Last week, Indianapolis native and new Nashville resident Peter Terry released his debut full-length album I AM JACKSON. The album is more radio-friendly than many of the artists we feature on Thought on Tracks. However, its accessibility has nothing to do with an overproduced sound or stale, flavorless songwriting. Quite the opposite, this album gains its mass appeal by addressing those universal emotions and experiences that appear in almost every walk of life: the regrets of a drunken night out with the boys, the first breaths of a new relationship, boyhood crushes and a dance with the devil.
The other element driving the band’s pop appeal is Terry’s singing. These are not the smoke-worn crackles of a road weary blues man, nor are they the off-pitch screams that currently dominate certain segments of the indie scene. Terry’s voice is trained, soaring to heights only reached after years spent honing an incredible natural ability. If this is a crime, it is certainly a crime worth committing.
I AM JACKSON. begins with the steady thump of the bass drum and a filthy, foreboding riff on the double bass. Clashing stabs on the acoustic cut through the bass line as “Stripper Song” builds into the chorus. As the song’s title suggests, the lyrics meditate on the beauty of a talented dancer observed through drunken eyes. The song closes in a whirlwind, with the cello and bass trading textures as effectively as harmonies. Listen:
For me, the album hits its stride on “Piece of Art.” The song starts with a bouncy, walking bass line and simple snare pattern. Terry’s vocals float above the rhythm, lamenting on the frustrations of long distance love. A descending piano line signals the bridge as a raucous horn section fills out the remainder of the song. Female background vocalists serve as the icing on this auditory cake, adding a call and response that combines to create one helluva guilty pleasure.
“Godmother” is another track that has the potential to dominate the playlist of every college co-ed within earshot. The song features some of Stephen Juergensen’s best riffs on cello. Terry’s chorus is one that engrains itself in the listener’s mind, resurfacing in subconscious mutterings throughout the day. He shouts proudly, “My baby don’t take shit from no man / And if you trust it gives you the back hand / Said my baby don’t take shit from no man / If trouble comes, she keep left, she keep heart, she keep it on movin’”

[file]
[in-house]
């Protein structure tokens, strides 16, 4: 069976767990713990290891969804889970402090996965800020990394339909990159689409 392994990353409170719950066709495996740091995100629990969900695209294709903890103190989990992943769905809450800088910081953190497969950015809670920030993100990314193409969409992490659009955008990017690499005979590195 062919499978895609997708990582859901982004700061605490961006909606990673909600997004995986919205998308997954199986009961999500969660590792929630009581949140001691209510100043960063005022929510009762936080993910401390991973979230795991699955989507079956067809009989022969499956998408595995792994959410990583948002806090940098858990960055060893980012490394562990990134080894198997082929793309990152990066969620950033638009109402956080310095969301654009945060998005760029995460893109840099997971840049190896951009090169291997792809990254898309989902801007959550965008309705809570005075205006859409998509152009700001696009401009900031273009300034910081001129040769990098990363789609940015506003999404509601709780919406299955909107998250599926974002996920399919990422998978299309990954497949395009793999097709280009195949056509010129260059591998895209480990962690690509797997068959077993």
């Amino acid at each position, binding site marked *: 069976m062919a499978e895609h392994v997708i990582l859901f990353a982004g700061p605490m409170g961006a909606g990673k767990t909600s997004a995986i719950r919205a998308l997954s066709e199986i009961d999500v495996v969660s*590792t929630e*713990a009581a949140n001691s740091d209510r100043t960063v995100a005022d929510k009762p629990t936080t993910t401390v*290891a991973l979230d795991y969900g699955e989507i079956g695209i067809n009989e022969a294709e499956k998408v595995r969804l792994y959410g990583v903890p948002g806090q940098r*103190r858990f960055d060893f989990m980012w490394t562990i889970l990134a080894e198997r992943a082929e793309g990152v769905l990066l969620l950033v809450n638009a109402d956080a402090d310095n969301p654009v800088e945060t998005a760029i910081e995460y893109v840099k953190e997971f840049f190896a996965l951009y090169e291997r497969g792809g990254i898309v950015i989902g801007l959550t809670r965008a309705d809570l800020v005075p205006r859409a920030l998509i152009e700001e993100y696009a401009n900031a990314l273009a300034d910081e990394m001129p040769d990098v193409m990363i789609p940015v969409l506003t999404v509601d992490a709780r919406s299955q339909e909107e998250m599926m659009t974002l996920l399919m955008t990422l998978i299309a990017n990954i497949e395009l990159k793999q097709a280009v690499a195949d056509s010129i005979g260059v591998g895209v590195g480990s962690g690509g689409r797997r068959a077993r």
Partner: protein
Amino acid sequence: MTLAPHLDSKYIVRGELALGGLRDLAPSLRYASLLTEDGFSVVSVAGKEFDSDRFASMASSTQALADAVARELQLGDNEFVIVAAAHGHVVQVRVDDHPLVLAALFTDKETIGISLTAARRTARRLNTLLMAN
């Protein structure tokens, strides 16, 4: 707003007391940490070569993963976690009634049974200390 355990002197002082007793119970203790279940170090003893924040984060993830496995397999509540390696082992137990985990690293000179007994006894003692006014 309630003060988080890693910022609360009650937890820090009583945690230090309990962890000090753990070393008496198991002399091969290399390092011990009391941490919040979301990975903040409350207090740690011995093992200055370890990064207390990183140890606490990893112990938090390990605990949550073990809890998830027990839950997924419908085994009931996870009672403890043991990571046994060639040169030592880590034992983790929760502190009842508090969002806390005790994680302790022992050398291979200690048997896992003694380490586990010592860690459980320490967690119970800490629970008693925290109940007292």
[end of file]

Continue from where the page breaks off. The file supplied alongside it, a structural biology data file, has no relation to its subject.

With each successive spin of I AM JACKSON., the more convinced I become that Nashville is the perfect stage for Terry & The Profits to call home. Though country would hardly be described as a major influence, the prevalence of strings make the album immediately relatable to that audience. With country fans accounting for an increasingly larger portion of CD sales, Nashville maintains deep ties with the radio industry. And this album deserves radio play.
Pick up a copy of I Am Jackson. on iTunes or stream it via Spotify. Buy it for your girlfriend and watch her heart melt. Buy it for your mother and wait for her to inevitably say, “I didn’t realize they still made albums like this.” Buy it for yourself and discover what five talented musicians and an astounding voice sound like when they’re making the music that they love.
Written by Rob Peoni
Last month we featured the first two videos from Nashville’s Live and Reel video series. The series is a monthly feature from Reel Recording. As I said then, I’m looking forward to see the consistently great material that surfaces out of this upstart. With Indiana-native Mark Galup at the helm, we can expect consistent, solid songwriters like The Little Bear to appear here.
This quartet, led by blonde siren Claire Guerreso, harkens back to the simple songwriting of their Nashville roots. Signed to Plastic 350 Records, the band recently released their debut EP Bridges. The two songs featured on their Live & Reel Session are “Sweet as Honey” and “Hello.” Stream the videos below, then go pick up Bridges for $5, HERE.
Written by Rob Peoni
Check out last month’s Live & Reel session featuring Natalie Prass & Evan P. Donohue
Those that know me well and have any grasp of my musical tastes should understand that there exist several sure-fire paths to my heart. Horn sections – love them. Soulful songwriting: I need an emotional investment from the artist. Strong vocals, not a must, but I tend to gravitate toward great singing. I am a bonafide sucker for bands fronted by a chicks, New Orleans piano players, anything from the Motown label, and slide-blues guitar.
The debut, self-titled release from Nashville’s Jessica Breanne & The Electric Hearts has many of the ingredients from the aforementioned list – in spades. The album showcases Breanne’s strengths as a songwriter, touching on a variety of genres without ever feeling lost or falling flat. Her vocals remind me of a cheerier Alison Mosshart or an edgier Susan Tedeschi.
The Electric Hearts provide an accessible, classic soul foundation for Breanne to build from. Their guitar play has enough of an edge to keep things interesting, at times mimicking Dan Auerbach to a dangerous degree. But I can’t say I’m mad about it. This album is guaranteed to liven up one of your parents’ lame dinner parties without inviting any dirty looks from an older guest list.
The album is solid top to bottom. Don’t miss the cover of Bon Iver’s “Flume.” The band pulls it off without abandoning the soulful simplicity that drives the rest of the disc. Stream the entire album below and pick it up for $10 via bandcamp.
Written by Rob Peoni